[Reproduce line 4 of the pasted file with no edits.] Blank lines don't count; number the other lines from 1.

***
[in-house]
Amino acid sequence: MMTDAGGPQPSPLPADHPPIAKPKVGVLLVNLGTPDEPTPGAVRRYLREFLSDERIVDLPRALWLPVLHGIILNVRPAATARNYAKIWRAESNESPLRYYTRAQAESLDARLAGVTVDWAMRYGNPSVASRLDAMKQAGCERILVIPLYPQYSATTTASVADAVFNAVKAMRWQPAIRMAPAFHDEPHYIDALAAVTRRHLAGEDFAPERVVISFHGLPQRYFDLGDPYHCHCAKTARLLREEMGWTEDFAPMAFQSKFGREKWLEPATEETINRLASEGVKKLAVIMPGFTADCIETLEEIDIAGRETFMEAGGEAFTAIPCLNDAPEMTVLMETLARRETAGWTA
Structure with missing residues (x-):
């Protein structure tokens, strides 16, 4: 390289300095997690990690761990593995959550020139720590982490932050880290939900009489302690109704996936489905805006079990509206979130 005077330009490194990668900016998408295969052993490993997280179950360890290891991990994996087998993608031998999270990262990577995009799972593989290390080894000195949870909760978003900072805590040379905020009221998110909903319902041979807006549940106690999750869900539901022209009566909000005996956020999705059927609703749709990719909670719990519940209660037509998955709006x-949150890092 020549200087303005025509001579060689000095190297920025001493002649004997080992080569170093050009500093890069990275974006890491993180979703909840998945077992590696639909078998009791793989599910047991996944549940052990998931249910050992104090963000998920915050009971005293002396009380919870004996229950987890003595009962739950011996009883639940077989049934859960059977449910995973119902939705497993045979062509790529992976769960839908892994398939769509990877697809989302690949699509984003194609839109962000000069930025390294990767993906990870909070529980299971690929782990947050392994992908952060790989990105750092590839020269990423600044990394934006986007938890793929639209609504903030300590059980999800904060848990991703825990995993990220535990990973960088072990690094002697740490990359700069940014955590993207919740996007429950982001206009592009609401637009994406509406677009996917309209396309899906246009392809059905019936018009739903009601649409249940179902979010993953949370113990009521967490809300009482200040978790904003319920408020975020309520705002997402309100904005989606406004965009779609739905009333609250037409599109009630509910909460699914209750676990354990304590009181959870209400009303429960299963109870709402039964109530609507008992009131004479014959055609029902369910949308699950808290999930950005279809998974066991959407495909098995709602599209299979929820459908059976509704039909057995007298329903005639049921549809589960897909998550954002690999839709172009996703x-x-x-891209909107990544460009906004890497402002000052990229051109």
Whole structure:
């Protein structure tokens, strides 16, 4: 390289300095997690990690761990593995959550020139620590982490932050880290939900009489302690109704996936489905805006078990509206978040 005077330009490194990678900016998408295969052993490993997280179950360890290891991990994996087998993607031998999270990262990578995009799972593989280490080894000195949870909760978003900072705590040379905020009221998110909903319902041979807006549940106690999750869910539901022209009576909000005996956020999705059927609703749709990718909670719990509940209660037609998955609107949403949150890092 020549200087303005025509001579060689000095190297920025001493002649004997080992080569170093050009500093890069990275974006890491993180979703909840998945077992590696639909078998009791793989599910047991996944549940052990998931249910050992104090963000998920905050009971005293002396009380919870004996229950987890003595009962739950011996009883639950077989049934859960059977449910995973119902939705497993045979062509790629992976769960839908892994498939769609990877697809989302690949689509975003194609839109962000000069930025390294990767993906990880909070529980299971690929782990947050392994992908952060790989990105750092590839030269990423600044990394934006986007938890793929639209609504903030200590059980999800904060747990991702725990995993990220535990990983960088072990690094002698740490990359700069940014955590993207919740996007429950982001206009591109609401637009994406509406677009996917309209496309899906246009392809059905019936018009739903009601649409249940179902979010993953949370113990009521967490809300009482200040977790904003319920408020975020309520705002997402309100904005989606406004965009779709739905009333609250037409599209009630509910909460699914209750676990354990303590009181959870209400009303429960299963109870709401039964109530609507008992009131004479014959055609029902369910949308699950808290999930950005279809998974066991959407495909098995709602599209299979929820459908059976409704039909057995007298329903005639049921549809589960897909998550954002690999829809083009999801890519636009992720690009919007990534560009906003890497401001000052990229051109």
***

């Protein structure tokens, strides 16, 4: 390289300095997690990690761990593995959550020139720590982490932050880290939900009489302690109704996936489905805006079990509206979130 005077330009490194990668900016998408295969052993490993997280179950360890290891991990994996087998993608031998999270990262990577995009799972593989290390080894000195949870909760978003900072805590040379905020009221998110909903319902041979807006549940106690999750869900539901022209009566909000005996956020999705059927609703749709990719909670719990519940209660037509998955709006x-949150890092 020549200087303005025509001579060689000095190297920025001493002649004997080992080569170093050009500093890069990275974006890491993180979703909840998945077992590696639909078998009791793989599910047991996944549940052990998931249910050992104090963000998920915050009971005293002396009380919870004996229950987890003595009962739950011996009883639940077989049934859960059977449910995973119902939705497993045979062509790529992976769960839908892994398939769509990877697809989302690949699509984003194609839109962000000069930025390294990767993906990870909070529980299971690929782990947050392994992908952060790989990105750092590839020269990423600044990394934006986007938890793929639209609504903030300590059980999800904060848990991703825990995993990220535990990973960088072990690094002697740490990359700069940014955590993207919740996007429950982001206009592009609401637009994406509406677009996917309209396309899906246009392809059905019936018009739903009601649409249940179902979010993953949370113990009521967490809300009482200040978790904003319920408020975020309520705002997402309100904005989606406004965009779609739905009333609250037409599109009630509910909460699914209750676990354990304590009181959870209400009303429960299963109870709402039964109530609507008992009131004479014959055609029902369910949308699950808290999930950005279809998974066991959407495909098995709602599209299979929820459908059976509704039909057995007298329903005639049921549809589960897909998550954002690999839709172009996703x-x-x-891209909107990544460009906004890497402002000052990229051109």